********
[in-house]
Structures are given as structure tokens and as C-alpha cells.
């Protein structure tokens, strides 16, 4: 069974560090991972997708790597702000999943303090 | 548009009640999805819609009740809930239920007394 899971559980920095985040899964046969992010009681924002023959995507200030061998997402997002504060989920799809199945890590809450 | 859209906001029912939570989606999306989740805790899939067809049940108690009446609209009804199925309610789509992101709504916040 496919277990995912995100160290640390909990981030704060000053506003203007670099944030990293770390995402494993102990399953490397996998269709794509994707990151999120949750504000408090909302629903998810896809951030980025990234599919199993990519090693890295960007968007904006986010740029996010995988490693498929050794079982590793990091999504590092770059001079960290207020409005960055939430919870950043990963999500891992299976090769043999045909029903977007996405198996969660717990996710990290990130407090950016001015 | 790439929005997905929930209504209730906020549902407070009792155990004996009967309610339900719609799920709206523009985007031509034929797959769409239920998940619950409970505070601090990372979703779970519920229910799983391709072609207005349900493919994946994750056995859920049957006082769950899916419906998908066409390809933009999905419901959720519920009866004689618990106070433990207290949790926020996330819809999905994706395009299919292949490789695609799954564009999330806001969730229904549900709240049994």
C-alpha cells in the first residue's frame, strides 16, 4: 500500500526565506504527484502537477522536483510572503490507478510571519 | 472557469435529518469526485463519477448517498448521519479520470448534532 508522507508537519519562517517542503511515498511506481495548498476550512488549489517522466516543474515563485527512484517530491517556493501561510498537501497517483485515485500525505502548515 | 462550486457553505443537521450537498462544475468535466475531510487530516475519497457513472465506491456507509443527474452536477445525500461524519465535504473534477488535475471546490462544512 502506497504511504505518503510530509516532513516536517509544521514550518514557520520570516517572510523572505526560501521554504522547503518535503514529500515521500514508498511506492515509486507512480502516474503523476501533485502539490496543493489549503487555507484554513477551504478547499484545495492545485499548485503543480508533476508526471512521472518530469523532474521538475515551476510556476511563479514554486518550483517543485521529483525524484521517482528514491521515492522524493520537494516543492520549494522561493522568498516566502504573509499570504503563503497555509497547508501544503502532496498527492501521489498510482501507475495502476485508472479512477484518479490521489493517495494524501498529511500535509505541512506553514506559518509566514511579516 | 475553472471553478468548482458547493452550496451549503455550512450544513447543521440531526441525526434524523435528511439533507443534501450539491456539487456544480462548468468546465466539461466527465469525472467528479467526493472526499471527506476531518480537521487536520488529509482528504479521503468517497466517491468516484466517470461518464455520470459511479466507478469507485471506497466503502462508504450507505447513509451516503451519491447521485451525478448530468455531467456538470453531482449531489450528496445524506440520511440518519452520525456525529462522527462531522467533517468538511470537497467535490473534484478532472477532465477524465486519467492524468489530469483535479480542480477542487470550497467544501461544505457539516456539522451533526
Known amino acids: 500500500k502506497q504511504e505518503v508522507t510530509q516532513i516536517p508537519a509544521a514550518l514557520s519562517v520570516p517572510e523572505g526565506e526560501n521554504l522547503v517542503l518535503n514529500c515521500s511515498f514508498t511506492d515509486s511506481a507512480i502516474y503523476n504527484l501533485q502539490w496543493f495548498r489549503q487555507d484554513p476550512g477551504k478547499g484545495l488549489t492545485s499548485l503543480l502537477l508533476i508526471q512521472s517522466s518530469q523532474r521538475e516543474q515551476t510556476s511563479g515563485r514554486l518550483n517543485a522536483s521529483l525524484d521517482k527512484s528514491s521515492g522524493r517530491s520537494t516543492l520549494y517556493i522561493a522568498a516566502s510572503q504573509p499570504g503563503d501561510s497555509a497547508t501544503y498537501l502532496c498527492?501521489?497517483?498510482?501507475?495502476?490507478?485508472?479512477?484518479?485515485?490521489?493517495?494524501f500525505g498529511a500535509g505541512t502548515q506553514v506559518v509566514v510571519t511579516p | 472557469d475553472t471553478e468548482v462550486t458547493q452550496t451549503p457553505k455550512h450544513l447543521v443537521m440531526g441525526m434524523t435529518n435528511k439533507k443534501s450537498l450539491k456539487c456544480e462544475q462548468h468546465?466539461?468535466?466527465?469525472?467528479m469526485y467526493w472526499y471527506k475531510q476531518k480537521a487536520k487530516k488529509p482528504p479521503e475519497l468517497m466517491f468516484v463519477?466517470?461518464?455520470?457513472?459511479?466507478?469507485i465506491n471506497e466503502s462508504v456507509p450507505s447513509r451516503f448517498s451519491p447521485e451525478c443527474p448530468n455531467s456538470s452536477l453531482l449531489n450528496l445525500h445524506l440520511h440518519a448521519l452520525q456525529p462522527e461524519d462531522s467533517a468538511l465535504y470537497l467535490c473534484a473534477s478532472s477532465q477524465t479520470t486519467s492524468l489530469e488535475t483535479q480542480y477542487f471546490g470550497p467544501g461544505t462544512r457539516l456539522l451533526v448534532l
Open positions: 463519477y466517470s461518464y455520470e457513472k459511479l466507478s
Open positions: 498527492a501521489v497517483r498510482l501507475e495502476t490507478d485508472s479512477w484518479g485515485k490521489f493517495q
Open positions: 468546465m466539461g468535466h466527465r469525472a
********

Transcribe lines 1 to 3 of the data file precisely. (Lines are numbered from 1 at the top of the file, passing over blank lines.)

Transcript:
[in-house]
Structures are given as structure tokens and as C-alpha cells.
């Protein structure tokens, strides 16, 4: 069974560090991972997708790597702000999943303090 | 548009009640999805819609009740809930239920007394 899971559980920095985040899964046969992010009681924002023959995507200030061998997402997002504060989920799809199945890590809450 | 859209906001029912939570989606999306989740805790899939067809049940108690009446609209009804199925309610789509992101709504916040 496919277990995912995100160290640390909990981030704060000053506003203007670099944030990293770390995402494993102990399953490397996998269709794509994707990151999120949750504000408090909302629903998810896809951030980025990234599919199993990519090693890295960007968007904006986010740029996010995988490693498929050794079982590793990091999504590092770059001079960290207020409005960055939430919870950043990963999500891992299976090769043999045909029903977007996405198996969660717990996710990290990130407090950016001015 | 790439929005997905929930209504209730906020549902407070009792155990004996009967309610339900719609799920709206523009985007031509034929797959769409239920998940619950409970505070601090990372979703779970519920229910799983391709072609207005349900493919994946994750056995859920049957006082769950899916419906998908066409390809933009999905419901959720519920009866004689618990106070433990207290949790926020996330819809999905994706395009299919292949490789695609799954564009999330806001969730229904549900709240049994």